TOPEKA — Rep. Anita Judd-Jenkins, R-Arkansas City, has arranged for Etzanoa and the Etzanoa Conservancy to be recognized with a resolution April 5 in the Kansas House of Representatives.

Etzanoa Conservancy President Hap McLeod

Hap McLeod presented a newly released film on the Etzanoa project to the Arkansas City Rotary Club on March 27. The Archeology Channel has produced a short documentary called “Quivira: Conquistadors on the Plains.” It features recent efforts to document a large Native American settlement in Arkansas City called Etzanoa, which thrived from about 1425 to the early 1700s. McLeod, who is president of the Etzanoa Conservancy, speaks in the film, which also shows current images of Arkansas City. The image in the photo above is from an outtake of the film that shows mysterious rock art found in the Etzanoa area.

Several individuals who have been involved with the project will meet with Judd-Jenkins at 10 a.m. at the Capitol. They include Etzanoa Conservancy members Foss Farrar and Hap McLeod, City Manager Nick Hernandez, and Commissioner Jay Warren.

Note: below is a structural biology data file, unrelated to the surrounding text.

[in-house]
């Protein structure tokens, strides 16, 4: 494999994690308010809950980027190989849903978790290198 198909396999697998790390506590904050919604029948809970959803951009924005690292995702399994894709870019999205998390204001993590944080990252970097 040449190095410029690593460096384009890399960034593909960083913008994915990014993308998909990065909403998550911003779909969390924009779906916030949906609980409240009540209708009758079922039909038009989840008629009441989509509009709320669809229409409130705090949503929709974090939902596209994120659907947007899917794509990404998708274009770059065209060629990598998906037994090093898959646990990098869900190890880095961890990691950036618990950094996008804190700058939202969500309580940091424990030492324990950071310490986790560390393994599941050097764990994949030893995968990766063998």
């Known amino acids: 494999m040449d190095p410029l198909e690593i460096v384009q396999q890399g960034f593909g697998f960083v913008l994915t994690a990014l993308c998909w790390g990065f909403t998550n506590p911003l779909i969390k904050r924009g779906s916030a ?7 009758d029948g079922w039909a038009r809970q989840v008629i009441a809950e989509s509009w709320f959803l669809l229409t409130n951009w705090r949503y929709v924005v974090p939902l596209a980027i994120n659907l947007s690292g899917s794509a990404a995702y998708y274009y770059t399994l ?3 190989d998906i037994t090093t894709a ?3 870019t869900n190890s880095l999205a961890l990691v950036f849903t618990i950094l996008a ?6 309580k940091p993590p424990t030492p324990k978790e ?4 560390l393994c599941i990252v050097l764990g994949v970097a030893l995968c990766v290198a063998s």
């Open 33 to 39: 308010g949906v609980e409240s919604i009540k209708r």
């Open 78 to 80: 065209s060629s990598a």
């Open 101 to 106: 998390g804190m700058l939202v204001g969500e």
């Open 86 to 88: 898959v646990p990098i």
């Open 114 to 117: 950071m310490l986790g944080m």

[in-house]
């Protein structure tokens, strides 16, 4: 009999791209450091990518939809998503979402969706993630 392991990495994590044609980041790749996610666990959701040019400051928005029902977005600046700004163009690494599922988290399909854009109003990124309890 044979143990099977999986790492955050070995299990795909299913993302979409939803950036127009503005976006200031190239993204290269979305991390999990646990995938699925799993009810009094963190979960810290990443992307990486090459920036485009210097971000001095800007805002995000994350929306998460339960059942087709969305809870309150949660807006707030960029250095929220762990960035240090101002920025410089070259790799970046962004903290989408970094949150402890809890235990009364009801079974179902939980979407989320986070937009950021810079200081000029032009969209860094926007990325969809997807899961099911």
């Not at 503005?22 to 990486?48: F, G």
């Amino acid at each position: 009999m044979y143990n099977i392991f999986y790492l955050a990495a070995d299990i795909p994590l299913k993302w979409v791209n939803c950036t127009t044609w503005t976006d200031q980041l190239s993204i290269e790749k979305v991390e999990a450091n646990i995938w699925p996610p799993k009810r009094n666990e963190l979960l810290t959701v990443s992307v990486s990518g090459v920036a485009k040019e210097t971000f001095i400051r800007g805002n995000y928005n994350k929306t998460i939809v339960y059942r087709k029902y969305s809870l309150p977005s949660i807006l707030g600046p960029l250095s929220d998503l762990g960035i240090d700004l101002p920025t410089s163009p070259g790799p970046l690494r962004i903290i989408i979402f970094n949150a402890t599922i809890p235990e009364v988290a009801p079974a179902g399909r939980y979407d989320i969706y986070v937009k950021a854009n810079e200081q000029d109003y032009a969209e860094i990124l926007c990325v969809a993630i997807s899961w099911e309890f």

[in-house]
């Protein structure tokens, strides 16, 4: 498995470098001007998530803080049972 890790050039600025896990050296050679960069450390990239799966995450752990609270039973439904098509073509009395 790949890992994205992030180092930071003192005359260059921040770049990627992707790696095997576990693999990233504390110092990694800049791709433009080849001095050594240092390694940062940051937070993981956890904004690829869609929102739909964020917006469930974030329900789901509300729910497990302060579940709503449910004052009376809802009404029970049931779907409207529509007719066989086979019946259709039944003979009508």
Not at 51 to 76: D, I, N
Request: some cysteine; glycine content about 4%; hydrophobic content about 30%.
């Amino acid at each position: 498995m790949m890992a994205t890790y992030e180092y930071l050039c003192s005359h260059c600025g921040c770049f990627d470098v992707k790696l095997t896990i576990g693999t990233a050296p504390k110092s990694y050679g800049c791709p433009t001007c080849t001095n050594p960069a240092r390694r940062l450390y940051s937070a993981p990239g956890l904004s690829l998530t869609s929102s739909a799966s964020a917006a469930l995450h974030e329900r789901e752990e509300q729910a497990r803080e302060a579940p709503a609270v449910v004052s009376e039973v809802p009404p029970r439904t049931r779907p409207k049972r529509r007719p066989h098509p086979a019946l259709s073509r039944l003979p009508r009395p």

Many other people have been involved in the process of discovering and exploring the ancient Quivira Indian settlement of Etzanoa, including:

  • Don Blakeslee, professor of archaeology at Wichita State University;
  • V.J. Wilkins Memorial Foundation trustees Otis Morrow, Grant Wilkins, James M. Wilkins and Karen Zeller;
  • Arkansas City Historical Society President Terry Naden;
  • Robert Hoard, Kansas State Archaeologist;
  • Richard Hensley;
  • Adam Ziegler and Jann Ziegler;
  • Carol House and Jason Smith;
  • Bert Wilson;
  • Greg and Tami Norwood;
  • Ark City Country Club President Kevin Campbell;
  • Meredith Mahoney, adjunct professor at Wichita State and Cowley College;
  • Sandy Randel, Cherokee Strip Land Rush Museum director.

Judd-Jenkins also has arranged for the documentary film, “Quivira: Conquistadors on the Plains,” to be shown during the day in the visitors center at the Capitol.